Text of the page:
For years, free-market advocates have been pushing for the admittance of charter schools in the state of Washington. They're public schools paid for with taxpayer money, say their proponents. But charter schools are far from that simple. Charter schools are causing extreme conflict in school districts across the country.
In New York, charter schools are encroaching on traditional public schools' space, literally. Those rooms that used to be your traditional public school's literacy rooms? This year they serve as the new charter school's principal's office. You see, space is limited in NYC. Sometimes when charters open, they push into traditional public school space, their rooms, their cafeterias, their gyms. More than that, charters seem to receive preferential treatment from many corporate-minded school districts. Watch Brian Jones, a teacher activist in NYC, explain to Bloomberg's Panel for Education Policy last week why the community is outraged by the way their traditional public schools are being treated in comparison to charter schools. (At the bottom of the clip it says, "Dec. 14. 2001." That's a typo - should read, "Dec. 14. 2011.")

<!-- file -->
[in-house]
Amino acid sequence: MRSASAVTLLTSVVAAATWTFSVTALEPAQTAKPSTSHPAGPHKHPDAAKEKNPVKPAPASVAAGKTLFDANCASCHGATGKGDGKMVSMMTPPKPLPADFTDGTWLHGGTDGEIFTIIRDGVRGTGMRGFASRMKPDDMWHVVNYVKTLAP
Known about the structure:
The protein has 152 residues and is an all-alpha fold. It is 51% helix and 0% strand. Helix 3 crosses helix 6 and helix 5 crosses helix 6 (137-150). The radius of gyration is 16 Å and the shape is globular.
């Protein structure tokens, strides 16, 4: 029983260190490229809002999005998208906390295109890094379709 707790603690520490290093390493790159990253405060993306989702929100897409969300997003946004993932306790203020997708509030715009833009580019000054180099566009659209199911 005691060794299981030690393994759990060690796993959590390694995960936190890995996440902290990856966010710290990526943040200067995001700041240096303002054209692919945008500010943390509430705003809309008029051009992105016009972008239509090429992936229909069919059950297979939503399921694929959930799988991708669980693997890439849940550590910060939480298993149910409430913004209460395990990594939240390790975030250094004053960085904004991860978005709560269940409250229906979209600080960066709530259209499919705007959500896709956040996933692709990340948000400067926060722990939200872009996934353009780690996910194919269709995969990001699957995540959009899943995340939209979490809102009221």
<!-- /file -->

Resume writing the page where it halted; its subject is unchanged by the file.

Go here to learn more about how some banks have been using charter schools to make profit.
Watch the clip below from Los Angeles earlier this year on how some community members have felt the opening of charter schools is cheating their children out of a quality education.
Last week, the Miami Herald printed the last part of a three-piece series on the demographic mismatch being created between charter schools and traditional public schools that has real implications for increasing future socio-economic disparity.
What seems clear to me is that charter schools offer an immense opportunity for us to reshape the way we educate our students in this country. What is also clear, however, is that if charters are not closely regulated, they will do far more to destroy our democracy than they will to improve it. As we continue to consider this issue in the state of Washington, we need to be asking ourselves how much we believe in democratic education and how much we trust our government to regulate charter schools in advancing that aim.